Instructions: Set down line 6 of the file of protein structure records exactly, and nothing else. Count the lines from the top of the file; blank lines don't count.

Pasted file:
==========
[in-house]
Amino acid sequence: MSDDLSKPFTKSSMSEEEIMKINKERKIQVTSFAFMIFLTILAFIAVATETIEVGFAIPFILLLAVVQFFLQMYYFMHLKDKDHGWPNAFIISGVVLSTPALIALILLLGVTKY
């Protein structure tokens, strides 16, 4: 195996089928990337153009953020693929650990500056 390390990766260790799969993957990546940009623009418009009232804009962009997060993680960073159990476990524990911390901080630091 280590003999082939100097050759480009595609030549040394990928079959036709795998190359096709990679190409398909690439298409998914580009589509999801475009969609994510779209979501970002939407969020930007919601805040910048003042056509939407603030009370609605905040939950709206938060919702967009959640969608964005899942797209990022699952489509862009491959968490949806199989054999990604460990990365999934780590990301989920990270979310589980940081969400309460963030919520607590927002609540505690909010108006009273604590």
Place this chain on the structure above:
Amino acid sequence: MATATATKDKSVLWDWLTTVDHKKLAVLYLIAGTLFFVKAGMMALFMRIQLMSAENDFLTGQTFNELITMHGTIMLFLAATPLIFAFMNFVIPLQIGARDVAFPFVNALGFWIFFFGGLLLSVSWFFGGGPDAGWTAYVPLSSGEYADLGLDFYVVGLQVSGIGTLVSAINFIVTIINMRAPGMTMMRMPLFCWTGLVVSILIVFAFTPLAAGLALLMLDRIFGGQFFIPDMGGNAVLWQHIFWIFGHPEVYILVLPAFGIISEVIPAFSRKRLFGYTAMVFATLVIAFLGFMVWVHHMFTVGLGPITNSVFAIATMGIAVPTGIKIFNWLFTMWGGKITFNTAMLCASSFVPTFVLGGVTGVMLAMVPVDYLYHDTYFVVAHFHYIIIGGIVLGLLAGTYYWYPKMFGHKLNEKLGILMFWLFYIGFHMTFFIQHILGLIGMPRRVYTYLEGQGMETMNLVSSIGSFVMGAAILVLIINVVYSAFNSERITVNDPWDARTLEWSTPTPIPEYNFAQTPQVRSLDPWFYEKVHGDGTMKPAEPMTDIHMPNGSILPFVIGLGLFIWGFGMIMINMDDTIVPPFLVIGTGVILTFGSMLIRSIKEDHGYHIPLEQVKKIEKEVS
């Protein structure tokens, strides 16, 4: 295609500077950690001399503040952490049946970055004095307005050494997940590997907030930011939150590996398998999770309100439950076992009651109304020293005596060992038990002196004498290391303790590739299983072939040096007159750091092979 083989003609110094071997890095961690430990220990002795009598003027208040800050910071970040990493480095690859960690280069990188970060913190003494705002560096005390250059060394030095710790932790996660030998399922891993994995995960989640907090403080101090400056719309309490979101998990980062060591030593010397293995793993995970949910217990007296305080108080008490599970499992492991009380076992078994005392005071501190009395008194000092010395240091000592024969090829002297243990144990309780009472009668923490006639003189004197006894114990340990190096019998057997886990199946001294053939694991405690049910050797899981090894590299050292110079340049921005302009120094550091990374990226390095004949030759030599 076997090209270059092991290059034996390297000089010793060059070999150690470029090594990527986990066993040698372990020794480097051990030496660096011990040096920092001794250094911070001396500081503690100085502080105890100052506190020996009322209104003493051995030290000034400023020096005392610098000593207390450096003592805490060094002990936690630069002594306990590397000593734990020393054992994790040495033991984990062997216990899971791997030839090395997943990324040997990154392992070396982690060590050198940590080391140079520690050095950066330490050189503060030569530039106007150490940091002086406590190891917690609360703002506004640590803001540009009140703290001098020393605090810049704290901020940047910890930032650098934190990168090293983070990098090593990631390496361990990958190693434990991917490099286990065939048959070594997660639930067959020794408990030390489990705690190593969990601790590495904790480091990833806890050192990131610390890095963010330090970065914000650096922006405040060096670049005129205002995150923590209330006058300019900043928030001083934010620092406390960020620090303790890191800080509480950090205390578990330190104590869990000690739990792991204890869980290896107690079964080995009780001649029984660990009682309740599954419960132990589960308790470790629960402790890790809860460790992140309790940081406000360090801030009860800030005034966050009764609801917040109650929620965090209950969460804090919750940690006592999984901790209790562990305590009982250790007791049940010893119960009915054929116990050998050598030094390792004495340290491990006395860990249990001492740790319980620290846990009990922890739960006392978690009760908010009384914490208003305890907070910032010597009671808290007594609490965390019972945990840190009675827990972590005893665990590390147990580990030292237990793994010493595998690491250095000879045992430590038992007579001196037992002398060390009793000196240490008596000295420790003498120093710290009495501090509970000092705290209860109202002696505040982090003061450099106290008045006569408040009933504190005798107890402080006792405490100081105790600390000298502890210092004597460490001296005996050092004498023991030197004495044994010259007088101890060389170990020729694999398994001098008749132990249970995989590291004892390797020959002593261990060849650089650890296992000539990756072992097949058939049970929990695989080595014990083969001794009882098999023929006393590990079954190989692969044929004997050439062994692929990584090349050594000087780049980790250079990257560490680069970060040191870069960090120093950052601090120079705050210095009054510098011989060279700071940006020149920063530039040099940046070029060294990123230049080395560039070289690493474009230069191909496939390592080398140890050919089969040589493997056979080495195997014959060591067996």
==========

């Protein structure tokens, strides 16, 4: 295609500077950690001399503040952490049946970055004095307005050494997940590997907030930011939150590996398998999770309100439950076992009651109304020293005596060992038990002196004498290391303790590739299983072939040096007159750091092979 083989003609110094071997890095961690430990220990002795009598003027208040800050910071970040990493480095690859960690280069990188970060913190003494705002560096005390250059060394030095710790932790996660030998399922891993994995995960989640907090403080101090400056719309309490979101998990980062060591030593010397293995793993995970949910217990007296305080108080008490599970499992492991009380076992078994005392005071501190009395008194000092010395240091000592024969090829002297243990144990309780009472009668923490006639003189004197006894114990340990190096019998057997886990199946001294053939694991405690049910050797899981090894590299050292110079340049921005302009120094550091990374990226390095004949030759030599 076997090209270059092991290059034996390297000089010793060059070999150690470029090594990527986990066993040698372990020794480097051990030496660096011990040096920092001794250094911070001396500081503690100085502080105890100052506190020996009322209104003493051995030290000034400023020096005392610098000593207390450096003592805490060094002990936690630069002594306990590397000593734990020393054992994790040495033991984990062997216990899971791997030839090395997943990324040997990154392992070396982690060590050198940590080391140079520690050095950066330490050189503060030569530039106007150490940091002086406590190891917690609360703002506004640590803001540009009140703290001098020393605090810049704290901020940047910890930032650098934190990168090293983070990098090593990631390496361990990958190693434990991917490099286990065939048959070594997660639930067959020794408990030390489990705690190593969990601790590495904790480091990833806890050192990131610390890095963010330090970065914000650096922006405040060096670049005129205002995150923590209330006058300019900043928030001083934010620092406390960020620090303790890191800080509480950090205390578990330190104590869990000690739990792991204890869980290896107690079964080995009780001649029984660990009682309740599954419960132990589960308790470790629960402790890790809860460790992140309790940081406000360090801030009860800030005034966050009764609801917040109650929620965090209950969460804090919750940690006592999984901790209790562990305590009982250790007791049940010893119960009915054929116990050998050598030094390792004495340290491990006395860990249990001492740790319980620290846990009990922890739960006392978690009760908010009384914490208003305890907070910032010597009671808290007594609490965390019972945990840190009675827990972590005893665990590390147990580990030292237990793994010493595998690491250095000879045992430590038992007579001196037992002398060390009793000196240490008596000295420790003498120093710290009495501090509970000092705290209860109202002696505040982090003061450099106290008045006569408040009933504190005798107890402080006792405490100081105790600390000298502890210092004597460490001296005996050092004498023991030197004495044994010259007088101890060389170990020729694999398994001098008749132990249970995989590291004892390797020959002593261990060849650089650890296992000539990756072992097949058939049970929990695989080595014990083969001794009882098999023929006393590990079954190989692969044929004997050439062994692929990584090349050594000087780049980790250079990257560490680069970060040191870069960090120093950052601090120079705050210095009054510098011989060279700071940006020149920063530039040099940046070029060294990123230049080395560039070289690493474009230069191909496939390592080398140890050919089969040589493997056979080495195997014959060591067996």